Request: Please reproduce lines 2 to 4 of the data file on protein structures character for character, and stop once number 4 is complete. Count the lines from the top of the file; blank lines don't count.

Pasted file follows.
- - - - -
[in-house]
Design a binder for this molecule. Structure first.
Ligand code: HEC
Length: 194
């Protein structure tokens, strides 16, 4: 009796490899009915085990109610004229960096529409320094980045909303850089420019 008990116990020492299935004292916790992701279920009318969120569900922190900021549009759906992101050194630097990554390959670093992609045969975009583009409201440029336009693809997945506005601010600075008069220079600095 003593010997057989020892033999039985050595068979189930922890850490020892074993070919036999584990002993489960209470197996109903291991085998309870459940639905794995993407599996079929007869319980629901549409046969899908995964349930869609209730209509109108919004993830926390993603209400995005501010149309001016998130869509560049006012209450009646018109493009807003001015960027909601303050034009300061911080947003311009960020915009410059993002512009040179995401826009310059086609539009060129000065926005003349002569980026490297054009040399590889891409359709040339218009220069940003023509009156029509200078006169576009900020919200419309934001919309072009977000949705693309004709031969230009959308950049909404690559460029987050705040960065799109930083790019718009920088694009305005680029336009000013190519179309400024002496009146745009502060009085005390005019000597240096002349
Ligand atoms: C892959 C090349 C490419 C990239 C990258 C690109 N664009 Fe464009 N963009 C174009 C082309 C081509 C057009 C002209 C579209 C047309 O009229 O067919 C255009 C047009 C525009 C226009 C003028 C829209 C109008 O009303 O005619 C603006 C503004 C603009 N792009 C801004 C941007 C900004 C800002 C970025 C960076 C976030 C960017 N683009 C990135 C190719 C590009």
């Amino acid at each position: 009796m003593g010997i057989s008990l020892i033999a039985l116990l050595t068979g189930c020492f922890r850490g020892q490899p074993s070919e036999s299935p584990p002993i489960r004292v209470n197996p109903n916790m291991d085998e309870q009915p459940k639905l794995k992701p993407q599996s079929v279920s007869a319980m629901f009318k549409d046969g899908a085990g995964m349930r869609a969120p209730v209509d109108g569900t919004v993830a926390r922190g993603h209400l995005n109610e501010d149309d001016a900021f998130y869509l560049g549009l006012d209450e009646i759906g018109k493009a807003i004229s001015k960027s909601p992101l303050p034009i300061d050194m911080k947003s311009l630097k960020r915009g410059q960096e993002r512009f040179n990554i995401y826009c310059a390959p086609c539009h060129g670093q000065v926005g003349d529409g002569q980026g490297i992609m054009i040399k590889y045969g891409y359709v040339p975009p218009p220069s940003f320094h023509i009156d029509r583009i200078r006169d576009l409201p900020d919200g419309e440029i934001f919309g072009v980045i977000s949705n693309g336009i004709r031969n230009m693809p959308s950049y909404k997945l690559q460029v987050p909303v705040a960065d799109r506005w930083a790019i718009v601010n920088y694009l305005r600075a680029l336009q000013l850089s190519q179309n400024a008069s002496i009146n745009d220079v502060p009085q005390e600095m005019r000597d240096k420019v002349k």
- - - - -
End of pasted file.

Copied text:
Design a binder for this molecule. Structure first.
Ligand code: HEC
Length: 194